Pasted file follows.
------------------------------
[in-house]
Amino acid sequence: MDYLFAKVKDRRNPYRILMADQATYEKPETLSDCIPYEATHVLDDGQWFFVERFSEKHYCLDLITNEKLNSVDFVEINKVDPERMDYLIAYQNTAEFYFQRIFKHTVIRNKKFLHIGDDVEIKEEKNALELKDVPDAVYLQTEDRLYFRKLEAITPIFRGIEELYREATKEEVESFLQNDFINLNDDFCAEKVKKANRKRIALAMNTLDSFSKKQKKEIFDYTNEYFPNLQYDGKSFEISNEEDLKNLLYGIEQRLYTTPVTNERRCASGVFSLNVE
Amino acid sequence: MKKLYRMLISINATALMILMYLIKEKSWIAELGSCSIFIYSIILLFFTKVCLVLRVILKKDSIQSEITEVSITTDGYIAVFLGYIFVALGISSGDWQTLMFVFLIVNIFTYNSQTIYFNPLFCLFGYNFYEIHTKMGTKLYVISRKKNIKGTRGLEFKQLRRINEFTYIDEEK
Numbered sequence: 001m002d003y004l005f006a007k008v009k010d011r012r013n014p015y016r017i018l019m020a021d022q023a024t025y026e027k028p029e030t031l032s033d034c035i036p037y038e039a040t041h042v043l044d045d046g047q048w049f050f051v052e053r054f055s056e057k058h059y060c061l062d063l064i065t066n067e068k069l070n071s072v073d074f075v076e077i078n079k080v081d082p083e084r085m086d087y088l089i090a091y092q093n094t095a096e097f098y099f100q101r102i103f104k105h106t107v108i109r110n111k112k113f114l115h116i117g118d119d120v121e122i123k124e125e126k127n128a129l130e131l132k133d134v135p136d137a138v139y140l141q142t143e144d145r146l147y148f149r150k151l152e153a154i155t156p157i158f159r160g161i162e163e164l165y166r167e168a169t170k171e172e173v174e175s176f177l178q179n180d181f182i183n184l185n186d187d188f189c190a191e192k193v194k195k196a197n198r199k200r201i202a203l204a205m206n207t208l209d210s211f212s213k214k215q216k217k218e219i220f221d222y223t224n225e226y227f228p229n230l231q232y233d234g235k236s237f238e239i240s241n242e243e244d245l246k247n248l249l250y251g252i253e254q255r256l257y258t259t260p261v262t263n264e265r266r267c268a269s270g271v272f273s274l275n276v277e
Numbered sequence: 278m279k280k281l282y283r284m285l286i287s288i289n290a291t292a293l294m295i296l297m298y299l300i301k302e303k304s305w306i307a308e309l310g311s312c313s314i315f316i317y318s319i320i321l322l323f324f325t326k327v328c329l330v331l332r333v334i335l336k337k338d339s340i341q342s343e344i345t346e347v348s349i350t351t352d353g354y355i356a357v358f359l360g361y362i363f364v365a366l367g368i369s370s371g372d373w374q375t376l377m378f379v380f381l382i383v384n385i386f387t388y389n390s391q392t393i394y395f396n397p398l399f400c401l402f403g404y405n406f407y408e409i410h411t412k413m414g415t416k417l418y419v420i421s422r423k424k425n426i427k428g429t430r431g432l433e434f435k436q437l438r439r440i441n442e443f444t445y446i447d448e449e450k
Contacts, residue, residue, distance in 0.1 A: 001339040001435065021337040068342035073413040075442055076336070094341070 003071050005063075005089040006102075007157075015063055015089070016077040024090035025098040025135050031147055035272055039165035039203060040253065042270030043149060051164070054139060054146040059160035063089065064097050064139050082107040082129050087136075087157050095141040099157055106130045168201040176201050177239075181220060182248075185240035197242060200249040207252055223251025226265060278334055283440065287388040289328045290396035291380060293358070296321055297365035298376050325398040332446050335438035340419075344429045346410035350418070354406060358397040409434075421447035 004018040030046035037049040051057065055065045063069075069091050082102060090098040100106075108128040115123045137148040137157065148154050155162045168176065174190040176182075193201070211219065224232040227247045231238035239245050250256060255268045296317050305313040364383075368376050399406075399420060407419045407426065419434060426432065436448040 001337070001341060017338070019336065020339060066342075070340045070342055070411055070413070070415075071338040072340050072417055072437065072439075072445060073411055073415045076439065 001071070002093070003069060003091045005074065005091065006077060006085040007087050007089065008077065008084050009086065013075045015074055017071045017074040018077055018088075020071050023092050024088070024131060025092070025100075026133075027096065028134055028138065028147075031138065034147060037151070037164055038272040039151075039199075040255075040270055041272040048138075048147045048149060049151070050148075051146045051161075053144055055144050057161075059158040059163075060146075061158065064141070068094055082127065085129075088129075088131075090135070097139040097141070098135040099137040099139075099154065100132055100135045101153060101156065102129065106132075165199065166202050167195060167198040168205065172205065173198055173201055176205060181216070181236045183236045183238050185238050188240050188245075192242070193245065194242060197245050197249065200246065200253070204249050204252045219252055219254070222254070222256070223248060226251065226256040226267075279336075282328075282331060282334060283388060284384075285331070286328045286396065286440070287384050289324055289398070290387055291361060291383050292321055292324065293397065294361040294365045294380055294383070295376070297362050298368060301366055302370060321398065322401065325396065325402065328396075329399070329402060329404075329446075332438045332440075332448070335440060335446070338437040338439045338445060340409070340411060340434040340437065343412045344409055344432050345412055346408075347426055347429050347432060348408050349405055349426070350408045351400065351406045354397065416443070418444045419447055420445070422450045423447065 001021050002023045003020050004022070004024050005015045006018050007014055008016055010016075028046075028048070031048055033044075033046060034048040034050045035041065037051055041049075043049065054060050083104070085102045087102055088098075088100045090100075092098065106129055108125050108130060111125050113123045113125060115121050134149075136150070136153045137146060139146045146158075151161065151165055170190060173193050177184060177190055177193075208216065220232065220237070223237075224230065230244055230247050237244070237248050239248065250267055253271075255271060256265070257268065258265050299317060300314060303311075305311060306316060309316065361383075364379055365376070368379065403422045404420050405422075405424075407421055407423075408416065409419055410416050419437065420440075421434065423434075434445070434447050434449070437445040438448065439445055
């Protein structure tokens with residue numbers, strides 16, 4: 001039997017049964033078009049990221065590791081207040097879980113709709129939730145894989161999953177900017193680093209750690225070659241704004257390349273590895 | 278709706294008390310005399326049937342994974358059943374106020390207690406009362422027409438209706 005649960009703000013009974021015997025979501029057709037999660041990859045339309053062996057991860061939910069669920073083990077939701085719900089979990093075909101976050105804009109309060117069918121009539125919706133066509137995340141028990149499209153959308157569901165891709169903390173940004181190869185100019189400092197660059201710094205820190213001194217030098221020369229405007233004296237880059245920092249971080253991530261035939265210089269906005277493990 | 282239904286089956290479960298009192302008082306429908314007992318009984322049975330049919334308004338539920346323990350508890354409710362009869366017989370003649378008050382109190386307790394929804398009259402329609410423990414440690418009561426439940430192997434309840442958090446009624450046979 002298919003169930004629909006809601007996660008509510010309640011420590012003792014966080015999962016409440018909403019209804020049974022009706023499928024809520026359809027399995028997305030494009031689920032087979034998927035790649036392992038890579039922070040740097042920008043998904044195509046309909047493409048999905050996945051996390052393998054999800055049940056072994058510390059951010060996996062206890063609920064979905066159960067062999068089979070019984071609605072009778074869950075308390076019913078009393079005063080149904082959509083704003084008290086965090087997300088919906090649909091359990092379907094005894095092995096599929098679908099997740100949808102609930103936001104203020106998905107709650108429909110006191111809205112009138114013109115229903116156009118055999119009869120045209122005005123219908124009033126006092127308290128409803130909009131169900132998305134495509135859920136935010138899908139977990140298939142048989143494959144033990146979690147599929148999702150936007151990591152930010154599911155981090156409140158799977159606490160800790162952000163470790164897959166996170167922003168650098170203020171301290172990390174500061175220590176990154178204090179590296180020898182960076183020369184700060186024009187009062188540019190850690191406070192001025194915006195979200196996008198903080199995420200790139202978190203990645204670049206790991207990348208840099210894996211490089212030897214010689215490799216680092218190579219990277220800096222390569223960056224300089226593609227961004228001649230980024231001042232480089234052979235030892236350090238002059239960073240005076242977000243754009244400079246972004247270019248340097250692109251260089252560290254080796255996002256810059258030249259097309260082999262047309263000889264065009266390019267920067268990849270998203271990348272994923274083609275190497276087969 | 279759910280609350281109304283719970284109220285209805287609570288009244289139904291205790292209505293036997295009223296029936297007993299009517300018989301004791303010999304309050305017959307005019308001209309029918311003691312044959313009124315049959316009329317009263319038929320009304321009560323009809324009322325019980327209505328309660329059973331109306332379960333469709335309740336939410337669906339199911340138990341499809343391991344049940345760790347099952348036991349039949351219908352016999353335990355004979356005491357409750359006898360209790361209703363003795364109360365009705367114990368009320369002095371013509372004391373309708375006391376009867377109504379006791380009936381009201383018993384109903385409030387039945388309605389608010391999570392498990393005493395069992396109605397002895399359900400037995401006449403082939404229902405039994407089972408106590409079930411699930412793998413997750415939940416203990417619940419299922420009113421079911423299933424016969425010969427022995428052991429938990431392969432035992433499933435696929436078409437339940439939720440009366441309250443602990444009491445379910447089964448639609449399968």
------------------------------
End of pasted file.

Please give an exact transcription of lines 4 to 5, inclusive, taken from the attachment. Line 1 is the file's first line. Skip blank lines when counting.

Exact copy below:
Numbered sequence: 001m002d003y004l005f006a007k008v009k010d011r012r013n014p015y016r017i018l019m020a021d022q023a024t025y026e027k028p029e030t031l032s033d034c035i036p037y038e039a040t041h042v043l044d045d046g047q048w049f050f051v052e053r054f055s056e057k058h059y060c061l062d063l064i065t066n067e068k069l070n071s072v073d074f075v076e077i078n079k080v081d082p083e084r085m086d087y088l089i090a091y092q093n094t095a096e097f098y099f100q101r102i103f104k105h106t107v108i109r110n111k112k113f114l115h116i117g118d119d120v121e122i123k124e125e126k127n128a129l130e131l132k133d134v135p136d137a138v139y140l141q142t143e144d145r146l147y148f149r150k151l152e153a154i155t156p157i158f159r160g161i162e163e164l165y166r167e168a169t170k171e172e173v174e175s176f177l178q179n180d181f182i183n184l185n186d187d188f189c190a191e192k193v194k195k196a197n198r199k200r201i202a203l204a205m206n207t208l209d210s211f212s213k214k215q216k217k218e219i220f221d222y223t224n225e226y227f228p229n230l231q232y233d234g235k236s237f238e239i240s241n242e243e244d245l246k247n248l249l250y251g252i253e254q255r256l257y258t259t260p261v262t263n264e265r266r267c268a269s270g271v272f273s274l275n276v277e
Numbered sequence: 278m279k280k281l282y283r284m285l286i287s288i289n290a291t292a293l294m295i296l297m298y299l300i301k302e303k304s305w306i307a308e309l310g311s312c313s314i315f316i317y318s319i320i321l322l323f324f325t326k327v328c329l330v331l332r333v334i335l336k337k338d339s340i341q342s343e344i345t346e347v348s349i350t351t352d353g354y355i356a357v358f359l360g361y362i363f364v365a366l367g368i369s370s371g372d373w374q375t376l377m378f379v380f381l382i383v384n385i386f387t388y389n390s391q392t393i394y395f396n397p398l399f400c401l402f403g404y405n406f407y408e409i410h411t412k413m414g415t416k417l418y419v420i421s422r423k424k425n426i427k428g429t430r431g432l433e434f435k436q437l438r439r440i441n442e443f444t445y446i447d448e449e450k